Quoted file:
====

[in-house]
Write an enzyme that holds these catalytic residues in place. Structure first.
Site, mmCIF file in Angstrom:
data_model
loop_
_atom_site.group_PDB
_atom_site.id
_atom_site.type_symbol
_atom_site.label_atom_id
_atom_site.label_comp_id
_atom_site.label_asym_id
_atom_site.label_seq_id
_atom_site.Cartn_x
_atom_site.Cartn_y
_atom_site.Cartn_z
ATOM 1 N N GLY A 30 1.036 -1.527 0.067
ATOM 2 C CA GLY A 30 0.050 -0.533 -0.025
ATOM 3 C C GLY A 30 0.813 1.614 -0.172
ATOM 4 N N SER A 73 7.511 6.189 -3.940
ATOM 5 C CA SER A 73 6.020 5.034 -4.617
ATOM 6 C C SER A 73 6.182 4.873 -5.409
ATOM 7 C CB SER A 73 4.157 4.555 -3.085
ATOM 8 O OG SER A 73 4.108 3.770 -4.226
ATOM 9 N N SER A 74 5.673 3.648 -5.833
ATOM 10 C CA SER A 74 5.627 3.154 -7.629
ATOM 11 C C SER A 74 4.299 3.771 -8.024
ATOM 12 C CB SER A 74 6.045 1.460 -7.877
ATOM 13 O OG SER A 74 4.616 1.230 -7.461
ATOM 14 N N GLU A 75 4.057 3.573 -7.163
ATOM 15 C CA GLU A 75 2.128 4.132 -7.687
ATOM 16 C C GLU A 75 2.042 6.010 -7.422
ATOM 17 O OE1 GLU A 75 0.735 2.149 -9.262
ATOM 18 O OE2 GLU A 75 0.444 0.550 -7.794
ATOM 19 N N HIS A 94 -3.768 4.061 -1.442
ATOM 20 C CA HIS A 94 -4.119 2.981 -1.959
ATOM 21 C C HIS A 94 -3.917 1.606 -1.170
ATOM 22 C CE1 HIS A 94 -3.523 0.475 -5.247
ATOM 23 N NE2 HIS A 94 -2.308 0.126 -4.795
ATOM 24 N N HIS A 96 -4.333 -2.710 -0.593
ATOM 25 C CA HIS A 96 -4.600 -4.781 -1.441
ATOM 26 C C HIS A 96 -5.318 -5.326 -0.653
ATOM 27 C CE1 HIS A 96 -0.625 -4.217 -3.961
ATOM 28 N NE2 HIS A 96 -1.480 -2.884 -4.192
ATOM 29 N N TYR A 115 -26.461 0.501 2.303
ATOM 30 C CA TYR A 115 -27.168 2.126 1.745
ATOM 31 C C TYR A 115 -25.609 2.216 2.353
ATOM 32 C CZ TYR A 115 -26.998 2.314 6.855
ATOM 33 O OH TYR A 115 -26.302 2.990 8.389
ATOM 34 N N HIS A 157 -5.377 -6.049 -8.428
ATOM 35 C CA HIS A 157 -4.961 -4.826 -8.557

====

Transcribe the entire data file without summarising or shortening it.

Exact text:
[in-house]
Write an enzyme that holds these catalytic residues in place. Structure first.
Site, mmCIF file in Angstrom:
data_model
loop_
_atom_site.group_PDB
_atom_site.id
_atom_site.type_symbol
_atom_site.label_atom_id
_atom_site.label_comp_id
_atom_site.label_asym_id
_atom_site.label_seq_id
_atom_site.Cartn_x
_atom_site.Cartn_y
_atom_site.Cartn_z
ATOM 1 N N GLY A 30 1.036 -1.527 0.067
ATOM 2 C CA GLY A 30 0.050 -0.533 -0.025
ATOM 3 C C GLY A 30 0.813 1.614 -0.172
ATOM 4 N N SER A 73 7.511 6.189 -3.940
ATOM 5 C CA SER A 73 6.020 5.034 -4.617
ATOM 6 C C SER A 73 6.182 4.873 -5.409
ATOM 7 C CB SER A 73 4.157 4.555 -3.085
ATOM 8 O OG SER A 73 4.108 3.770 -4.226
ATOM 9 N N SER A 74 5.673 3.648 -5.833
ATOM 10 C CA SER A 74 5.627 3.154 -7.629
ATOM 11 C C SER A 74 4.299 3.771 -8.024
ATOM 12 C CB SER A 74 6.045 1.460 -7.877
ATOM 13 O OG SER A 74 4.616 1.230 -7.461
ATOM 14 N N GLU A 75 4.057 3.573 -7.163
ATOM 15 C CA GLU A 75 2.128 4.132 -7.687
ATOM 16 C C GLU A 75 2.042 6.010 -7.422
ATOM 17 O OE1 GLU A 75 0.735 2.149 -9.262
ATOM 18 O OE2 GLU A 75 0.444 0.550 -7.794
ATOM 19 N N HIS A 94 -3.768 4.061 -1.442
ATOM 20 C CA HIS A 94 -4.119 2.981 -1.959
ATOM 21 C C HIS A 94 -3.917 1.606 -1.170
ATOM 22 C CE1 HIS A 94 -3.523 0.475 -5.247
ATOM 23 N NE2 HIS A 94 -2.308 0.126 -4.795
ATOM 24 N N HIS A 96 -4.333 -2.710 -0.593
ATOM 25 C CA HIS A 96 -4.600 -4.781 -1.441
ATOM 26 C C HIS A 96 -5.318 -5.326 -0.653
ATOM 27 C CE1 HIS A 96 -0.625 -4.217 -3.961
ATOM 28 N NE2 HIS A 96 -1.480 -2.884 -4.192
ATOM 29 N N TYR A 115 -26.461 0.501 2.303
ATOM 30 C CA TYR A 115 -27.168 2.126 1.745
ATOM 31 C C TYR A 115 -25.609 2.216 2.353
ATOM 32 C CZ TYR A 115 -26.998 2.314 6.855
ATOM 33 O OH TYR A 115 -26.302 2.990 8.389
ATOM 34 N N HIS A 157 -5.377 -6.049 -8.428
ATOM 35 C CA HIS A 157 -4.961 -4.826 -8.557